DOT makes navigation and transport more safe and convenient: turn-by-turn navigation allows users to reach their destination faster. Cooperation with services such as Uber allow users to arrange individual transportation more easily. Connections with public transport data provides access to time schedules and notifies users of delays.


DOT makes living at home more comfortable: many visually impaired people rely on smart home technology. DOT allows them to control things such as their lights and appliances more easily and even remotely.


DOT improves work performance and opens up new fields of work: on account of its portability and practicality as a communication and information device, DOT enables visually impaired people to enter new fields of work or perform better in existing ones, such as industrial production, IT and management. For employers, this means improved access to a highly motivated workforce.


DOT enhances the quality of sports activities: DOT replaces the need for assistance, enabling users to undertake sports activities independently. It also displays information such as distance and speed.

DOT Innovation

DOT is based on the patented Active Braille Technology, developed by DOT Inc.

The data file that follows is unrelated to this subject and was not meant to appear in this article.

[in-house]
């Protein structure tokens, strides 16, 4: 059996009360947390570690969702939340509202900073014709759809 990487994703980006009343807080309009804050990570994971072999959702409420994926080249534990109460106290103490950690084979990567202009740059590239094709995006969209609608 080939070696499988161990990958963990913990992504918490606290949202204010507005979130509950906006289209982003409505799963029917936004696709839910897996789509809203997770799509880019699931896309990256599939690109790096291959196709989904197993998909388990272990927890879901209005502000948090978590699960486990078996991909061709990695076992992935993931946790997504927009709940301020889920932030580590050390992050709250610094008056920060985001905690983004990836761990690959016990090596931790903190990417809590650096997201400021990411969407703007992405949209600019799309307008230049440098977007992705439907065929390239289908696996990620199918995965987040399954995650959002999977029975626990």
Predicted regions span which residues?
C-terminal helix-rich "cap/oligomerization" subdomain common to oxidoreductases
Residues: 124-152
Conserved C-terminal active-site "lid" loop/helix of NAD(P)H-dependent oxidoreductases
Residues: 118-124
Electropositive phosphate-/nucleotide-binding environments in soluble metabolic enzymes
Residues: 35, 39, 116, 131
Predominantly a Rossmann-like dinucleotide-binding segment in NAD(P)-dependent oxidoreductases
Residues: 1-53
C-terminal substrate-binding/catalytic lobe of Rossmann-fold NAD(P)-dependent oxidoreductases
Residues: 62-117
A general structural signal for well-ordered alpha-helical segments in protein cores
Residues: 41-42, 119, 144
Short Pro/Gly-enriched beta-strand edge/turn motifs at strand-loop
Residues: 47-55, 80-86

At its core is innovative multi-actuator technology: pins are controlled by magnetism instead of piezoelectricity as is used in existing digital Braille devices. This reduces the size and the production cost more than tenfold, increases speed and keeps energy consumption low. The actuators use solenoid, which responds to the electromagnetic force triggered between magnets and a coil to raise each braille pin. DOT uses haptic force feedback technology to detect finger presence and movement on the pins. As soon as the finger has read the displayed characters, the pins are automatically changed to show the next characters. Along with specially developed software, this makes it possible to display text rapidly and conveniently even with only four Braille cells in a limited space. Unlike conventional refreshable Braille devices, where the finger moves over Braille cells set in a row reading one line at a time, DOT allows the finger to remain relatively static while the Braille scrolls under it like a treadmill.

DOT Universe


Educational institutions and individual testers get early access to prototypes.

Everyone can experience DOT at trade fairs, roadshows and stationary retail partners around the world.

Prominent visually impaired personalities like Henry Wanyoike, Andrea Bocelli and Stevie Wonder support DOT.


Cooperations with Google and Uber, more in development.

Collaborations with educational institutes worldwide for research and testing.

Cooperation with the 2018 Paralympic Games in Pyeongchang.


DOT Mini with lower price for developing countries.

DOT Active Braille Technology for public facilities, such as ATMs and train stations.

DOT Pad to be released in 2017.

DOT Evolution

Over the course of two years, DOT functionality and design
has been adapted to respond to feedback from a diverse range of visually impaired testers.